so soon?

The election is close.

Ridiculously close.

The stock market isn’t doing any better and my 401(k) might as well not exist. I’m watching it all, day by day, like anyone else is. I pretend it isn’t real.

I have so much hope for what will happen aster it gets worse. My name, in Vietnamese, means phoenix. I have, always, maintained that is represents everything, rising from the ashes.

Hopefully, there will be no ashes to rise from, but if there are, let’s hope we’ll rise.

news: I woke up to hear this

McClatchy said it is reducing workforce through both voluntary and involuntary separations, as well as managed attrition, involving about 1,400 full-time equivalent employees (FTE’s). The company will retain its strategic focus on sales, news and online operations as it realigns operations, with decisions about the size and profile of changes differing by location.

McClatchy historically has not used broad layoffs to manage staff size, relying instead on attrition and selected job eliminations through outsourcing. This has been an effective strategy, resulting in workforce reduction of 13% between the end of 2006 and April 2008, but today’s more competitive media environment and challenging operating conditions mean the company must move more aggressively to shape the overall workforce.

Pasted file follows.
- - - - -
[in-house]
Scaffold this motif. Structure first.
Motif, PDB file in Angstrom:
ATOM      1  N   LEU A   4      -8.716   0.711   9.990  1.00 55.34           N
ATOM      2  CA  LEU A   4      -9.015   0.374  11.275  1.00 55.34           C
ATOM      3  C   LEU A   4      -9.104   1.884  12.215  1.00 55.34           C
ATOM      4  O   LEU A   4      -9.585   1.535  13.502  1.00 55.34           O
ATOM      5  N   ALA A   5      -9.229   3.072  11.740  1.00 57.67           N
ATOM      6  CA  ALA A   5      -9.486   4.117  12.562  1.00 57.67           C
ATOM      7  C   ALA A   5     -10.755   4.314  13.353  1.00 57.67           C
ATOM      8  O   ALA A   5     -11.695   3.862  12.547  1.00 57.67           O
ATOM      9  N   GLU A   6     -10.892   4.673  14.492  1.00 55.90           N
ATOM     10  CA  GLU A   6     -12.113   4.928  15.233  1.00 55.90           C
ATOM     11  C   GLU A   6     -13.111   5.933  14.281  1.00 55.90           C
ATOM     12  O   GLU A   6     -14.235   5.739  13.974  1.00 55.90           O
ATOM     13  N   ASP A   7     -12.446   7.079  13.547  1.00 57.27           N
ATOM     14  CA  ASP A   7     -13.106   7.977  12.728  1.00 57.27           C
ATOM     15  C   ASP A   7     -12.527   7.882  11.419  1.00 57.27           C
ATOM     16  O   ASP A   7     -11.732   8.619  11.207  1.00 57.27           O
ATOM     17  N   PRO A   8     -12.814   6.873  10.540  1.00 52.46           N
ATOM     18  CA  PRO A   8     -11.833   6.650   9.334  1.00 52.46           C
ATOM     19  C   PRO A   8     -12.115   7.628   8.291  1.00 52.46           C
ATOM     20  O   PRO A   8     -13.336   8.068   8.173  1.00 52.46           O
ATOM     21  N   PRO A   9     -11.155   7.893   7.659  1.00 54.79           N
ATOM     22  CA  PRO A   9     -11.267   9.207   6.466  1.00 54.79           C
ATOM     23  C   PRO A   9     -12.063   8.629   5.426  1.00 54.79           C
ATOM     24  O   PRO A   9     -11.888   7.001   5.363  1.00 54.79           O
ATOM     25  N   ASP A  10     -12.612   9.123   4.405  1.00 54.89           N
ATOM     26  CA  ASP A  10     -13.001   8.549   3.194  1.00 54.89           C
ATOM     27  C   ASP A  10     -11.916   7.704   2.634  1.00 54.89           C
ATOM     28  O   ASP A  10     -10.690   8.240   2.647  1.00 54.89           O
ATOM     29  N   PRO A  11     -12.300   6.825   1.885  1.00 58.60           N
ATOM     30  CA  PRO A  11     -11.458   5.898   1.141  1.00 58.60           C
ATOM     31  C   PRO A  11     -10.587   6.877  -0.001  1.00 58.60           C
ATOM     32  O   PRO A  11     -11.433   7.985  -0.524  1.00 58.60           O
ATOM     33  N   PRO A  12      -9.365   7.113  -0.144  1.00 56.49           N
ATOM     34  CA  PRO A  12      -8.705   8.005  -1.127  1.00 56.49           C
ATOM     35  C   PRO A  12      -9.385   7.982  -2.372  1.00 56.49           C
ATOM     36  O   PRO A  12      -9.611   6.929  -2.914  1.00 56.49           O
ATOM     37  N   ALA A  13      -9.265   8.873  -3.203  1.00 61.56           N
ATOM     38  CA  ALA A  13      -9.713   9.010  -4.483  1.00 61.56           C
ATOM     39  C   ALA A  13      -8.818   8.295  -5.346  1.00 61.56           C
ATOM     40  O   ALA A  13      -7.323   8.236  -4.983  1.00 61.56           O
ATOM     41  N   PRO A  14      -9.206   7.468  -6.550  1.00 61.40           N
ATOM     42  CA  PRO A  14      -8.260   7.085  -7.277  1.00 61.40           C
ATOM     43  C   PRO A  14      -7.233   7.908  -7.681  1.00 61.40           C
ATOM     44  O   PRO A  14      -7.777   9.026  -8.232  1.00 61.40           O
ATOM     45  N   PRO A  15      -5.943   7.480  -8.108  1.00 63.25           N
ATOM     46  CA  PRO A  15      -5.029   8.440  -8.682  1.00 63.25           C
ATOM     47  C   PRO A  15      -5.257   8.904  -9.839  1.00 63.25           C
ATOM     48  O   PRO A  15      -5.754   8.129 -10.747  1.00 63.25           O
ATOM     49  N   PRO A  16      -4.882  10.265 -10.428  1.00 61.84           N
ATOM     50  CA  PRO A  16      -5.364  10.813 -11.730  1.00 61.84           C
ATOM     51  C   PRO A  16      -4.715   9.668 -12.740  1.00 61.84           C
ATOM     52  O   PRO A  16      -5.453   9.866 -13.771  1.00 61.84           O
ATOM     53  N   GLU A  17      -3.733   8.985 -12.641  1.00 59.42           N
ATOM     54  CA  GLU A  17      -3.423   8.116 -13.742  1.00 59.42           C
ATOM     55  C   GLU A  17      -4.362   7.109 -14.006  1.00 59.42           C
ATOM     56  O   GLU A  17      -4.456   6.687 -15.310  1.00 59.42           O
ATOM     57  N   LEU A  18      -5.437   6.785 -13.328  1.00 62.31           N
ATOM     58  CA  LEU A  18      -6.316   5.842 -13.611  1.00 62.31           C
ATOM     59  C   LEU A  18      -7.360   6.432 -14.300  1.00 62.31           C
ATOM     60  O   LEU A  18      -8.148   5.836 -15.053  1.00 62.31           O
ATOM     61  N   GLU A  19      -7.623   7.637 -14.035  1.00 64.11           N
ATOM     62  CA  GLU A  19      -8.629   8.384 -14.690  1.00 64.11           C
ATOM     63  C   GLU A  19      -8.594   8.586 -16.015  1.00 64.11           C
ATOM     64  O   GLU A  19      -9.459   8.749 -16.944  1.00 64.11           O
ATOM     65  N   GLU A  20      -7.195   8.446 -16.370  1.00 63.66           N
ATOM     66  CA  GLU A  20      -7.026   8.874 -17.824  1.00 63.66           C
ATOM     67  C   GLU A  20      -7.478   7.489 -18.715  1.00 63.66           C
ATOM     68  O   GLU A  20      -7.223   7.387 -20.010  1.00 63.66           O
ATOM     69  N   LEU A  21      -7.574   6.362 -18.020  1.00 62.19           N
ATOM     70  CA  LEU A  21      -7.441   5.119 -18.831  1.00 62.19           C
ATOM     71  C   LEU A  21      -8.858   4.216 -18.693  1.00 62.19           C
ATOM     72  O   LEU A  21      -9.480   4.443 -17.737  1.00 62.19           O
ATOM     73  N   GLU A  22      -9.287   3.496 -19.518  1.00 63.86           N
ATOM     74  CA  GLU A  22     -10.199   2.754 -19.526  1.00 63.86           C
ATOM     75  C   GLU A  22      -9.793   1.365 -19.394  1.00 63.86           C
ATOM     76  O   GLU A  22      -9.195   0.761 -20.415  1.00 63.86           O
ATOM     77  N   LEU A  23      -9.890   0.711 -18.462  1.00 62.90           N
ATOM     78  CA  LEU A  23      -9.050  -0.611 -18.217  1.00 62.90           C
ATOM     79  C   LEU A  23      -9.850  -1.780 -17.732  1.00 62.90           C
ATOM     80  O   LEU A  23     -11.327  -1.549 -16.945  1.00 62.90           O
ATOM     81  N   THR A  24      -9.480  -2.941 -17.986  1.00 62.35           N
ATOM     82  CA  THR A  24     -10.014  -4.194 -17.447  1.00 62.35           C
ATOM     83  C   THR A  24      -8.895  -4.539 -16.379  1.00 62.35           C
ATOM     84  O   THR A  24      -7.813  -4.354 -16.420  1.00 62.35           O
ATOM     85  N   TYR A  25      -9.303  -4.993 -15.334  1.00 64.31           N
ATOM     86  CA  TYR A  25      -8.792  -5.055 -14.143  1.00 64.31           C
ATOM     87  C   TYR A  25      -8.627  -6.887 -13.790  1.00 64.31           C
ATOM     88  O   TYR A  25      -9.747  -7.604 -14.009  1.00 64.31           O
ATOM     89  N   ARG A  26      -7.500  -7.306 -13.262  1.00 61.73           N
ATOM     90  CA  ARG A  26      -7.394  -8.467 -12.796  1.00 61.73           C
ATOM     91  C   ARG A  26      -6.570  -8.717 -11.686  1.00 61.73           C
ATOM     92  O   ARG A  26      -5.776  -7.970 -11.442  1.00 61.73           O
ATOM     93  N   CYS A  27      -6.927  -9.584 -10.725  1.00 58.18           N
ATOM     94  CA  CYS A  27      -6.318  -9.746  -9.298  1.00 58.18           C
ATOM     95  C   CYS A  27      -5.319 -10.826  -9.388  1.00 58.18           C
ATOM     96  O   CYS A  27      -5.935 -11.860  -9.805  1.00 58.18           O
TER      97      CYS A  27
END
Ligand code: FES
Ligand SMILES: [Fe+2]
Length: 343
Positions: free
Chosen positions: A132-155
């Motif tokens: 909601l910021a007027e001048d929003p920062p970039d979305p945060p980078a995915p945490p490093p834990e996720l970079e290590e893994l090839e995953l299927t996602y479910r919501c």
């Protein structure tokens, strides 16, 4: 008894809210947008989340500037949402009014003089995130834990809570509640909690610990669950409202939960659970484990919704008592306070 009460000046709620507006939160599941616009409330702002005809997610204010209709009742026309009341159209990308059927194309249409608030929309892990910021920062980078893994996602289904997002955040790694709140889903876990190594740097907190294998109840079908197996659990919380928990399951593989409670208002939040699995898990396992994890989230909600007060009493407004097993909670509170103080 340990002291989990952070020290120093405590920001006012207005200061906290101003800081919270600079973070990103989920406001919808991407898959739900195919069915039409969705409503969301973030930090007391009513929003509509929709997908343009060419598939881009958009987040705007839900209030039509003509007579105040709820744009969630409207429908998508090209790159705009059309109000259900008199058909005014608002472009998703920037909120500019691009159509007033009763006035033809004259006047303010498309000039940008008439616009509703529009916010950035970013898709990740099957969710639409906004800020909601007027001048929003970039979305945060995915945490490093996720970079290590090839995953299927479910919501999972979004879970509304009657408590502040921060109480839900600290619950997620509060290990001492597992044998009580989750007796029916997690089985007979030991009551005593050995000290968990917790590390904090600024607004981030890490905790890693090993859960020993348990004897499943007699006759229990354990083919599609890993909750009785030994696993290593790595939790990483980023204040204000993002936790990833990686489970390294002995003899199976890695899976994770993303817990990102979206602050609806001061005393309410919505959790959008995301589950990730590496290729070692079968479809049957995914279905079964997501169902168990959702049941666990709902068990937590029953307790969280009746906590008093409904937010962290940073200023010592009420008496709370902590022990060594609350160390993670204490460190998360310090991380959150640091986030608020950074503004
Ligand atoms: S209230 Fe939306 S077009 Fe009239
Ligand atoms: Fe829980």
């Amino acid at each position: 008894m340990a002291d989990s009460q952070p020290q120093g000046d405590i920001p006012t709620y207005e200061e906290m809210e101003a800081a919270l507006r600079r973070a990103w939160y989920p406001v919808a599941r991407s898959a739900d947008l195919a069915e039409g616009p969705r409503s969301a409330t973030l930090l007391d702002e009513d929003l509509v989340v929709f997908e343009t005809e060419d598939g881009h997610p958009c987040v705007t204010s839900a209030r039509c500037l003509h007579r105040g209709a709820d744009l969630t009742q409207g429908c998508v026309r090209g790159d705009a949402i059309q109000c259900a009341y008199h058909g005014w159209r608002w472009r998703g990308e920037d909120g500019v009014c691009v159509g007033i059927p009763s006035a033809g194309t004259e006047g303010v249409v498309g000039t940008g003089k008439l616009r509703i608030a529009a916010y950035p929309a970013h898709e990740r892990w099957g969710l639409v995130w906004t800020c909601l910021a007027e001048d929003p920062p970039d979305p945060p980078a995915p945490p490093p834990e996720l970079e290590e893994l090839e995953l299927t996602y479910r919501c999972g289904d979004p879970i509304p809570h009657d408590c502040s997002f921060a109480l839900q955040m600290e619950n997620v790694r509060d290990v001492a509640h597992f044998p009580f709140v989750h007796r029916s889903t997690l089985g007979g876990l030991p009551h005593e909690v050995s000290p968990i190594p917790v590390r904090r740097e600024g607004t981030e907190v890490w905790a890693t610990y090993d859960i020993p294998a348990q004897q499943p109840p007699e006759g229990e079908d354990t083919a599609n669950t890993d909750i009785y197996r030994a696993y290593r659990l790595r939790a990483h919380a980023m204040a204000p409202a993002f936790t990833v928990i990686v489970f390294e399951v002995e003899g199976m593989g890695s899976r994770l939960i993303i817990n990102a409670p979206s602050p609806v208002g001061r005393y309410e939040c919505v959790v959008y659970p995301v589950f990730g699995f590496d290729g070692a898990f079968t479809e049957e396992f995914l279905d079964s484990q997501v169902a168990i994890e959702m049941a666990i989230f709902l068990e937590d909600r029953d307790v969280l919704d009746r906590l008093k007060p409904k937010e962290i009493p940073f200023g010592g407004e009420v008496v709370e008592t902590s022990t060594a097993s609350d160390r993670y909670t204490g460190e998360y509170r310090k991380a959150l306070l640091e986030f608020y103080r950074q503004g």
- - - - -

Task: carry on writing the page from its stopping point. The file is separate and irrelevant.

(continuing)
I don’t have anything to say…yet. This is scary.

Read morea bout McClathy’s announcement.

news: gay marriage legal in california

Today started out normal. I was almost late for my volunteering shift at a local AIDS non-profit. i had some avocado on toast on the way there.

Today turned magical pretty fast.

Around 9:30 a.m., I hear from the kitchen of the place I volunteer at “Kim! Turn on NPR!”

I had no idea why. I’d apparently been living under a rock. Today, the Supreme Court would rule on gay marriage in California.

It took us about 30 minutes to figure out what station NPR was, and then it was jazz. The internet was down, so we couldn’t keep an eye on that.

A little after 10 a.m., the Internet came back up and I heard another shout. We all piled behind a desk and read the story on the Sacramento Bee.

It was legal. A narrow 4-3 vote. We stared in disbelief, then I saw two of the people who work there hug.

Oh my God.

He started crying. Then there were frantic calls. I stayed, looking at the screen, reading the whole story. One of the men said his boyfriend was coming home soon.

“We might just go to the courthouse Monday.”

I smiled. Such a simple thing, a piece of paper. Yet it means so much to so many.

Read the Sac Bee story